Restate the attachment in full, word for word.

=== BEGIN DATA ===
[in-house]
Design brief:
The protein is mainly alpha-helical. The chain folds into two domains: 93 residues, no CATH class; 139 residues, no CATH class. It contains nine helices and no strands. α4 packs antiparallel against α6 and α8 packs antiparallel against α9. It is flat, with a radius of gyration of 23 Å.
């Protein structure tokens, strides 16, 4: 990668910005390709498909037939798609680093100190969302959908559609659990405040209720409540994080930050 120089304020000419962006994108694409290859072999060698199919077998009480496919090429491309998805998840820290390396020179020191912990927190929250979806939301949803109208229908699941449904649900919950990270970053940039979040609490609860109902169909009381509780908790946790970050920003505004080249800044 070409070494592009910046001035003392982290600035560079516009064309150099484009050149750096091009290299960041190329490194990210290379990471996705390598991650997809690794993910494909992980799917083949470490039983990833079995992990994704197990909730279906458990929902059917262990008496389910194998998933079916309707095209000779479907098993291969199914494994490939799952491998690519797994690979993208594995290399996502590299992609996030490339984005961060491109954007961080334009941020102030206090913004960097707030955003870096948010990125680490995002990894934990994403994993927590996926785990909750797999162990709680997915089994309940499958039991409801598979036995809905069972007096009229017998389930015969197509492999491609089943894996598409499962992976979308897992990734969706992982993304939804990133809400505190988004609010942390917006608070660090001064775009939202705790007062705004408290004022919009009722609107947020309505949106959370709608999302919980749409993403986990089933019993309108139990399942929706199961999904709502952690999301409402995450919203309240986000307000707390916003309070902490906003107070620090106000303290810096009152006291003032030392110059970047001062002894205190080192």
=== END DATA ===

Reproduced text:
[in-house]
Design brief:
The protein is mainly alpha-helical. The chain folds into two domains: 93 residues, no CATH class; 139 residues, no CATH class. It contains nine helices and no strands. α4 packs antiparallel against α6 and α8 packs antiparallel against α9. It is flat, with a radius of gyration of 23 Å.
């Protein structure tokens, strides 16, 4: 990668910005390709498909037939798609680093100190969302959908559609659990405040209720409540994080930050 120089304020000419962006994108694409290859072999060698199919077998009480496919090429491309998805998840820290390396020179020191912990927190929250979806939301949803109208229908699941449904649900919950990270970053940039979040609490609860109902169909009381509780908790946790970050920003505004080249800044 070409070494592009910046001035003392982290600035560079516009064309150099484009050149750096091009290299960041190329490194990210290379990471996705390598991650997809690794993910494909992980799917083949470490039983990833079995992990994704197990909730279906458990929902059917262990008496389910194998998933079916309707095209000779479907098993291969199914494994490939799952491998690519797994690979993208594995290399996502590299992609996030490339984005961060491109954007961080334009941020102030206090913004960097707030955003870096948010990125680490995002990894934990994403994993927590996926785990909750797999162990709680997915089994309940499958039991409801598979036995809905069972007096009229017998389930015969197509492999491609089943894996598409499962992976979308897992990734969706992982993304939804990133809400505190988004609010942390917006608070660090001064775009939202705790007062705004408290004022919009009722609107947020309505949106959370709608999302919980749409993403986990089933019993309108139990399942929706199961999904709502952690999301409402995450919203309240986000307000707390916003309070902490906003107070620090106000303290810096009152006291003032030392110059970047001062002894205190080192």